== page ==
Their action attracted the attention of the United Food and Commercial Workers’ Union, and by year’s end workers at the chicken plant had won a union contract. In addition to securing better pay and working conditions, the contract and its subsequent renegotiations gradually phased out the third-party labor contractor altogether.
As a result, eventually Celso and many others were hired directly by the chicken plant, granting them hard-fought union protections and a slightly improved quality of life.
In recent years Celso lived alone in a one-room apartment. Though I had moved away, I visited him in 2014 to read him sections of my draft book manuscript about Mississippi’s poultry workers, for which he was tickled to provide feedback. I found a decade-old 4x6 picture of us tacked up on his wall.
I visited again in 2016 to gift him an inscribed copy of the book. As always, he received me graciously despite having just returned from a long day at work. Our time was short but precious.
Celso’s son Daniel, who also works at a chicken plant, generously called to tell me of his passing. When he went to his father’s apartment he found my book, some letters, and the photo. “He would have wanted you to know,” he said. I thanked him, telling him I esteemed Celso for his kindness, his generosity, his moral compass, and his leadership on issues of worker justice. Daniel also told me that the hospital in Jackson, where Celso spent his last days, is full of COVID-positive poultry workers.
These lives matter
Just days before Celso passed, President Donald Trump invoked the Defense Production Act to ensure that plants remain open despite the hazard they present to the humans working inside. This will dramatically hamper the efforts of local and state-level health officials to slow the spread of this deadly disease, which, as of the first week of May, has already infected over 10,000 poultry and meatpacking workers and killed at least 45.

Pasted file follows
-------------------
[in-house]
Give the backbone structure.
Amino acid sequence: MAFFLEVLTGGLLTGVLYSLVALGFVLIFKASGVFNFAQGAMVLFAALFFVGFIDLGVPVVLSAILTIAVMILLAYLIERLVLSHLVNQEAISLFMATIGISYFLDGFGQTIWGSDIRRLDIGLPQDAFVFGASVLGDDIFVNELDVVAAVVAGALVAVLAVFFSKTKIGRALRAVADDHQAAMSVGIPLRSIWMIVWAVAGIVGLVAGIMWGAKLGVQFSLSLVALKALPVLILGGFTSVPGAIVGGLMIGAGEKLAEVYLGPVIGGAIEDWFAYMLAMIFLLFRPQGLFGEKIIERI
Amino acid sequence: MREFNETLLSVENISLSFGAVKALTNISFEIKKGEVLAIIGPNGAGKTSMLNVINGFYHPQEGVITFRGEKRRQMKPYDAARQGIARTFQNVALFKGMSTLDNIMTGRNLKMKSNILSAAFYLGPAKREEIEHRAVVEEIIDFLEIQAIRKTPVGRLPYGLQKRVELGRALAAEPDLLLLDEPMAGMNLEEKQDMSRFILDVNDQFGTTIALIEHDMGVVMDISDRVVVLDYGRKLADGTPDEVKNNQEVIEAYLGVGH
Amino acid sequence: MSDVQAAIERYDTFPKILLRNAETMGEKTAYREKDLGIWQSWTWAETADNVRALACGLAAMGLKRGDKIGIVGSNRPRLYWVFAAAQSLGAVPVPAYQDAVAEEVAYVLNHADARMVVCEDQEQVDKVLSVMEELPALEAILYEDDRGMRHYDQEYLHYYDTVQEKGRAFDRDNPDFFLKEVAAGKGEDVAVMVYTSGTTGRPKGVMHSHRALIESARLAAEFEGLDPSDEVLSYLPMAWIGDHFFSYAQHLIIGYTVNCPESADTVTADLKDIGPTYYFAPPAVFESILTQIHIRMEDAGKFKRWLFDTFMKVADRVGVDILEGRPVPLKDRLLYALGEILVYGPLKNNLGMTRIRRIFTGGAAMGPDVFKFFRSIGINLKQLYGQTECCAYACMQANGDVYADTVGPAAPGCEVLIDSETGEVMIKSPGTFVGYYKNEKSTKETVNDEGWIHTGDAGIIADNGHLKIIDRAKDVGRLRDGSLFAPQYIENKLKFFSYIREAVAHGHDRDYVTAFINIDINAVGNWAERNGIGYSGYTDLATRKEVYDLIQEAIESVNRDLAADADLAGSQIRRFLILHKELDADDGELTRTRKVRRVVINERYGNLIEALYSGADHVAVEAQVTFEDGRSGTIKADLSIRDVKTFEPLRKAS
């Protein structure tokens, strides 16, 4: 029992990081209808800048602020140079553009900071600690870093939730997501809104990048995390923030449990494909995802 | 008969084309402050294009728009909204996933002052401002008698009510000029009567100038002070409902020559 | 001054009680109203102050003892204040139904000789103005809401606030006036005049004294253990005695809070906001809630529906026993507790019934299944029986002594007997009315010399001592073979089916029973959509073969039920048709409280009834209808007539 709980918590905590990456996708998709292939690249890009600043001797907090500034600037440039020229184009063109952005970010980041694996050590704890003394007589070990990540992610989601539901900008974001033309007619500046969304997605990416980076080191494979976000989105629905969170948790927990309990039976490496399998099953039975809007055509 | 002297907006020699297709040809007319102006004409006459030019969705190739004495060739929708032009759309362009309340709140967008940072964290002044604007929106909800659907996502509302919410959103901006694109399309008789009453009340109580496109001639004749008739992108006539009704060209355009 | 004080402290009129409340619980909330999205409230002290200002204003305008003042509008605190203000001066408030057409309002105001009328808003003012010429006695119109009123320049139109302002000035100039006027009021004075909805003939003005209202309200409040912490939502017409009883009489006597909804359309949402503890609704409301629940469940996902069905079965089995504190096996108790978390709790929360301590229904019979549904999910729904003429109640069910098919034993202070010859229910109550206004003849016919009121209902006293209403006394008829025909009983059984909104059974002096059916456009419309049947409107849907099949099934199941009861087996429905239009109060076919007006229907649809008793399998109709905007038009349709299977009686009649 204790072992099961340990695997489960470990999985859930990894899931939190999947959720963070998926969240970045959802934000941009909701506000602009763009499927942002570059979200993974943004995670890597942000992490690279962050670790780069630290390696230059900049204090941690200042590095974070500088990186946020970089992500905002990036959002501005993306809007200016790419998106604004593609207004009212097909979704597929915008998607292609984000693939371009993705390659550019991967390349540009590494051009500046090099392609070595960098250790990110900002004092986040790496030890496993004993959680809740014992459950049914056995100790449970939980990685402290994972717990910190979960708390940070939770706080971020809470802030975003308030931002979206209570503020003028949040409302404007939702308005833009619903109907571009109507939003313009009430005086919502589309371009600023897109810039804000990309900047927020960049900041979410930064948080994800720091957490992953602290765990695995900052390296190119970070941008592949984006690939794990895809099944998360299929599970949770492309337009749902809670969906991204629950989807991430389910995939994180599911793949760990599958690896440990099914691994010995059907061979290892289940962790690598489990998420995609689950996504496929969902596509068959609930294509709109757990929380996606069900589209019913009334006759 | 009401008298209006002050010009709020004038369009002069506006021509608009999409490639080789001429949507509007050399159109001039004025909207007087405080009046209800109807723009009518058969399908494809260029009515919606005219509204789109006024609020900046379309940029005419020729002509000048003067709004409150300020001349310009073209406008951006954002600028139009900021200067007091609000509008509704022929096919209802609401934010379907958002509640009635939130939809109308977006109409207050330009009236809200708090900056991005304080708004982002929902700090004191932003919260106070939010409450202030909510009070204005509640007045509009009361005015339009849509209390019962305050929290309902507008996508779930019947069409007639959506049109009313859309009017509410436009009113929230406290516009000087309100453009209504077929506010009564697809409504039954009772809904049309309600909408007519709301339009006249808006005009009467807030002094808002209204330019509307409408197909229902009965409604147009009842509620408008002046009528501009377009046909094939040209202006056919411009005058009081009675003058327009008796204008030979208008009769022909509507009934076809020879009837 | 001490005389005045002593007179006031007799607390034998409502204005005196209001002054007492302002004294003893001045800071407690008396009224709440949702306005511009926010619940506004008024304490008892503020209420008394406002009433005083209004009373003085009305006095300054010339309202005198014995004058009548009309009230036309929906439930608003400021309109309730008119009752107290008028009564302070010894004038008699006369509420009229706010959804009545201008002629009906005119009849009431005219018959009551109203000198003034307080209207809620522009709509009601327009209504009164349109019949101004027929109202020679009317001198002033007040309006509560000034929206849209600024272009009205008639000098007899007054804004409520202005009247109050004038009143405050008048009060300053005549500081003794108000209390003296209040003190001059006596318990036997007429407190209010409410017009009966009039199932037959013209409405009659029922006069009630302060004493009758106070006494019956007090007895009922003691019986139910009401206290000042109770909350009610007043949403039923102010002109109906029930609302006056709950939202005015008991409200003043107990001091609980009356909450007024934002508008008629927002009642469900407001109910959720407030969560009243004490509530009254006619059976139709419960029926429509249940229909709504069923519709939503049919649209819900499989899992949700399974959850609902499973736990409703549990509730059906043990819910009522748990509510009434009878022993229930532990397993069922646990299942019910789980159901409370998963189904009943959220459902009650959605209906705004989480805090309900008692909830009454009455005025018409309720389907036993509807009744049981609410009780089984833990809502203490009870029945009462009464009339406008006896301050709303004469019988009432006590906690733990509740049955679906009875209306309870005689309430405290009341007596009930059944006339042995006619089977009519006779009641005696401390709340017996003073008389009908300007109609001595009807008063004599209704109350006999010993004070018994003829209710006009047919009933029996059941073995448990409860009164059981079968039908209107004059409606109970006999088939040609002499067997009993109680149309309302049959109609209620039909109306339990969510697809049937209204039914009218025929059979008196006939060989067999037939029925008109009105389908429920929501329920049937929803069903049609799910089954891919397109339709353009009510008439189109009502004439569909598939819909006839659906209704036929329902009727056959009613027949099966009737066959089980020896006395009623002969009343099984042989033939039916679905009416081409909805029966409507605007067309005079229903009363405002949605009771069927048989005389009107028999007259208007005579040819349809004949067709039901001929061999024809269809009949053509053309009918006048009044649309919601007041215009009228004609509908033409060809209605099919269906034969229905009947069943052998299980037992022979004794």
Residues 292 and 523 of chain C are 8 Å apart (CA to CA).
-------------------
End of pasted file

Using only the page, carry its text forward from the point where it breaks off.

Because of the pandemic, Celso's family cannot commemorate his life as they would like. Instead, they've placed his framed photo and a vase of flowers on a table in their yard, inviting their community to stop by to pay their last respects in solitude.
Safety first:Coronavirus pandemic shines a light on the risks meatpackers are facing
Celso's wish was to return to Mexico, and his family is doing all they can to raise the $8,000 needed to send his body home. Meanwhile, Daniel's kidney disease has worsened, and he desperately needs a transplant to survive. But determined to do right by his father, Daniel is now preparing to spend the money he had saved for his own medical treatment on Celso’s repatriation.
Celso Mendoza’s life mattered. Daniel Mendoza’s life matters. Poultry and meatpacking workers' lives matter. And if we value all lives, we must take action to protect all lives, including those of the mostly black and brown hardworking people who keep America’s food chain running.
Angela Stuesse is an associate professor of Anthropology and Global Studies at the University of North Carolina, Chapel Hill and author of "Scratching Out a Living: Latinos, Race, and Work in the Deep South." Follow her on Twitter: @astuesse. To support Daniel's transplant and Celso's repatriation fund, click here. This column first appeared in the Mississippi Clarion Ledger.